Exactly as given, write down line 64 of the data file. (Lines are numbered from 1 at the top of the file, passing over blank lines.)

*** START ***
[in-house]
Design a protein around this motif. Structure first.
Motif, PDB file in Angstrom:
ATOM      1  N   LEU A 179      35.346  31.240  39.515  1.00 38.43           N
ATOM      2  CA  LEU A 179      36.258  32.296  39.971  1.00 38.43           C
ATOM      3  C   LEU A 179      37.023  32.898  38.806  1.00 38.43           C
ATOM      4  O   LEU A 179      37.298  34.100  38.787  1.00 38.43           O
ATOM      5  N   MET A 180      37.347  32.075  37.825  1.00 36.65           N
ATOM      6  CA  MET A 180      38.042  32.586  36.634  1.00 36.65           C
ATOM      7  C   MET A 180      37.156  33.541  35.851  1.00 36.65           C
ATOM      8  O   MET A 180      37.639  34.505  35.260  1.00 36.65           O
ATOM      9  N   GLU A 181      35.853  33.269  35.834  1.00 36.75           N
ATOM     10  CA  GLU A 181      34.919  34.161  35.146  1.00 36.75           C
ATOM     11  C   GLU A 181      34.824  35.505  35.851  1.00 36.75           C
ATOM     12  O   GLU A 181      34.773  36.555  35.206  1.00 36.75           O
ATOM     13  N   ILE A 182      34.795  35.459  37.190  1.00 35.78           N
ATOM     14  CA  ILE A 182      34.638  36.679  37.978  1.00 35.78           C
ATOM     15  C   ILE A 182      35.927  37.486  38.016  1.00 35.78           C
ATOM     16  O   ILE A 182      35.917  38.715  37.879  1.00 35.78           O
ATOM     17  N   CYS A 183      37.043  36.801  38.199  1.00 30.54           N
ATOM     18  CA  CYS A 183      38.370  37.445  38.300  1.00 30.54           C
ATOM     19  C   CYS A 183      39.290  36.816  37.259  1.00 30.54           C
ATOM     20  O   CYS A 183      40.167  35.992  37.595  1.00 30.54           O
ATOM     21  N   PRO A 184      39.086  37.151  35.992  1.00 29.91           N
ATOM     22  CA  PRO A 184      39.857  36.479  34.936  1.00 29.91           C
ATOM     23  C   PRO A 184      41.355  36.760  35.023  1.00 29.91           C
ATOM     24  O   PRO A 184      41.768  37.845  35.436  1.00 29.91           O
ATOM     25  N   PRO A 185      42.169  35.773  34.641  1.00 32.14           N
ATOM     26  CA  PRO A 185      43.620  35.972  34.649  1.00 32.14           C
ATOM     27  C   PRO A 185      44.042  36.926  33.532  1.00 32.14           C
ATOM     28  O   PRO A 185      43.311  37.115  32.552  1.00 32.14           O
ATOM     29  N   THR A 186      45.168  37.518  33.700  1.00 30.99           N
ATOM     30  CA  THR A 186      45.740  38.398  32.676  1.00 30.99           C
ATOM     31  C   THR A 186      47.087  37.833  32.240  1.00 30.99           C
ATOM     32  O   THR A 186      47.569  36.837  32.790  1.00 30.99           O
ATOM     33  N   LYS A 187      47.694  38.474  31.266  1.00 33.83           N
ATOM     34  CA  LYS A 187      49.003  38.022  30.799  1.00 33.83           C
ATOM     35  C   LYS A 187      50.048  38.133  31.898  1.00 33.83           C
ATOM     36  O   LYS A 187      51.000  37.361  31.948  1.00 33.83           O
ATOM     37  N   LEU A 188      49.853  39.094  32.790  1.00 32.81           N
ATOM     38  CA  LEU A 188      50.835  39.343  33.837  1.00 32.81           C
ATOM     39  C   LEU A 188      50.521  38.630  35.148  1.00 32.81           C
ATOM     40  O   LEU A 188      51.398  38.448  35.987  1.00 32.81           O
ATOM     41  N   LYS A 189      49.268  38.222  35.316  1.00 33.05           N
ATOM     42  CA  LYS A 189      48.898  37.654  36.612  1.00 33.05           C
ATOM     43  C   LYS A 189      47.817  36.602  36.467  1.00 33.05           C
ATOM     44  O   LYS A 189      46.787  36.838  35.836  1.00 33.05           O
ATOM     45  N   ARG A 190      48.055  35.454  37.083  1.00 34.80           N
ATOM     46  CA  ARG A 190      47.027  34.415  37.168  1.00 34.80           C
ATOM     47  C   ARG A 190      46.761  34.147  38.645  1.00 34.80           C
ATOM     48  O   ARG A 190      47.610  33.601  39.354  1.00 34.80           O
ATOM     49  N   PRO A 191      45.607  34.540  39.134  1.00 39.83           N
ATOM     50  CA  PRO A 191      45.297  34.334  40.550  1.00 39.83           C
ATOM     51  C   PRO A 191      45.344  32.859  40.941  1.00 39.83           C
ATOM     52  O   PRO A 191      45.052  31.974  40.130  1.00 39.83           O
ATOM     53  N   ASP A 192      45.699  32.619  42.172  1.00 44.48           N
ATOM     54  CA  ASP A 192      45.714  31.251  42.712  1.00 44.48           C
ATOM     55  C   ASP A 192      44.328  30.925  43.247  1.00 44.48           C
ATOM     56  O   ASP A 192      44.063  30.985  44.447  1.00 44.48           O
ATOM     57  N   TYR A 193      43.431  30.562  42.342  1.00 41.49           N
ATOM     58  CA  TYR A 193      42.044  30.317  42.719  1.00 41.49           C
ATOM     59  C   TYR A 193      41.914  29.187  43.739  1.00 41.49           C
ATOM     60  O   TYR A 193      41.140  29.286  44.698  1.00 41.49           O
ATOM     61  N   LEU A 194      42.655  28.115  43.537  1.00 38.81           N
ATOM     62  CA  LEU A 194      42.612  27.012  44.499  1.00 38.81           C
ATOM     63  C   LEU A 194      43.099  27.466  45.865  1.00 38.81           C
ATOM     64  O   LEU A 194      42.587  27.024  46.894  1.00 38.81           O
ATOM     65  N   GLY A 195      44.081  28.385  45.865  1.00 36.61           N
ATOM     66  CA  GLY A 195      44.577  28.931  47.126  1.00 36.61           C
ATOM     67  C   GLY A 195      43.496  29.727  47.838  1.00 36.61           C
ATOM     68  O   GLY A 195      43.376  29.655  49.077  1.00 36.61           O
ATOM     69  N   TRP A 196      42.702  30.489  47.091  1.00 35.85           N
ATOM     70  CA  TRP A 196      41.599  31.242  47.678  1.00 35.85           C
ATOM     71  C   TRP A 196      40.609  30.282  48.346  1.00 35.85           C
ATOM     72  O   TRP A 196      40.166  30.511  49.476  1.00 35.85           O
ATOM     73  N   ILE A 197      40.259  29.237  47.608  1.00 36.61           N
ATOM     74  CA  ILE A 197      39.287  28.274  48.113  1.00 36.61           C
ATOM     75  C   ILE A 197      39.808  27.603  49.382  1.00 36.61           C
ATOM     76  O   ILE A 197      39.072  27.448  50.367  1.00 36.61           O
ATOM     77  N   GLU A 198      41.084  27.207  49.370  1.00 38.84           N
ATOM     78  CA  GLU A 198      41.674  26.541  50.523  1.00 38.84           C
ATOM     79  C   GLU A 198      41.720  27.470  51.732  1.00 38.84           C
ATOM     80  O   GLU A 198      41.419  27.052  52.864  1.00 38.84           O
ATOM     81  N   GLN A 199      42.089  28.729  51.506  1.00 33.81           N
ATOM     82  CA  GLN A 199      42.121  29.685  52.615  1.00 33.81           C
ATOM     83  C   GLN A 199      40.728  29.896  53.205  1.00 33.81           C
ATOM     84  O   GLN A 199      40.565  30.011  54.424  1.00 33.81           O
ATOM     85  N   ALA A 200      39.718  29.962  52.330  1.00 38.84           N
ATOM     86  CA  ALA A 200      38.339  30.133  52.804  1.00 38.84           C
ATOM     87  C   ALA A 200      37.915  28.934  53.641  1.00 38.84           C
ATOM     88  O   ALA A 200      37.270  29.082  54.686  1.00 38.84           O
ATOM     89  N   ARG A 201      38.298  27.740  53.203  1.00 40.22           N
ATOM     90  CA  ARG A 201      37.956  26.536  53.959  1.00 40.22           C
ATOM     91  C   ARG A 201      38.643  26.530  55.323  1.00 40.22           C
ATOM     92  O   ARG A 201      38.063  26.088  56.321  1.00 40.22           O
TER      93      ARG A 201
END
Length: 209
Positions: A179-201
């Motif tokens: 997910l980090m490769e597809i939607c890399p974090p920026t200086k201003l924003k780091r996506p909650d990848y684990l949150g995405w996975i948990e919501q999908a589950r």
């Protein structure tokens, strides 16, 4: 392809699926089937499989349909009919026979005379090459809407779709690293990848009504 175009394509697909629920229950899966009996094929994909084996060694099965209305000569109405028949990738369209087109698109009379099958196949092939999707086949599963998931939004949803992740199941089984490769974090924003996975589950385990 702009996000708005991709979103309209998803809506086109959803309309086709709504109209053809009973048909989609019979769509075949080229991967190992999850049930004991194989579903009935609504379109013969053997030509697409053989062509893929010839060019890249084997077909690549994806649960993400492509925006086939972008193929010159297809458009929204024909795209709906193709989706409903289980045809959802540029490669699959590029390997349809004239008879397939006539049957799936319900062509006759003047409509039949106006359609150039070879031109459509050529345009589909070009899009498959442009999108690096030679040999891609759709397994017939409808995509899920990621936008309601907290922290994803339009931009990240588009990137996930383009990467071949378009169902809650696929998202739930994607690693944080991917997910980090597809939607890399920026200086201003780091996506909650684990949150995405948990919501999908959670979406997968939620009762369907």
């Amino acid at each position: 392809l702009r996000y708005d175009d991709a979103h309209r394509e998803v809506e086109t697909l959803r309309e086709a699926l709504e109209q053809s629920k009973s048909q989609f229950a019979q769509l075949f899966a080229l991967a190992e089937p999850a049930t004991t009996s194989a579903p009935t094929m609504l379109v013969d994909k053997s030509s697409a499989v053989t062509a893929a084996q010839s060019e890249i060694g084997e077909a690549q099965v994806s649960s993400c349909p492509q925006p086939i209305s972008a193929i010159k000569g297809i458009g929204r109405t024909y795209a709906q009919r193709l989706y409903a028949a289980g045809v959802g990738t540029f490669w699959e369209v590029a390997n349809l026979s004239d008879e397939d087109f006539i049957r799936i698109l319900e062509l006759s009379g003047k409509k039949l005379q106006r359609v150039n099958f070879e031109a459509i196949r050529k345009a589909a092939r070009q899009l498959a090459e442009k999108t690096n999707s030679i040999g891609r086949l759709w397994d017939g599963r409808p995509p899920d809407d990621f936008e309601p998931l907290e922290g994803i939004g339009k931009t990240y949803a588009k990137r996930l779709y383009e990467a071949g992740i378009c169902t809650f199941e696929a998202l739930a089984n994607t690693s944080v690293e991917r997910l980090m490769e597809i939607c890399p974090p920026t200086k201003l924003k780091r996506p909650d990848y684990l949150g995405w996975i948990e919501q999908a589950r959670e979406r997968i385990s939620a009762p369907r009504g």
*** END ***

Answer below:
ATOM     61  N   LEU A 194      42.655  28.115  43.537  1.00 38.81           N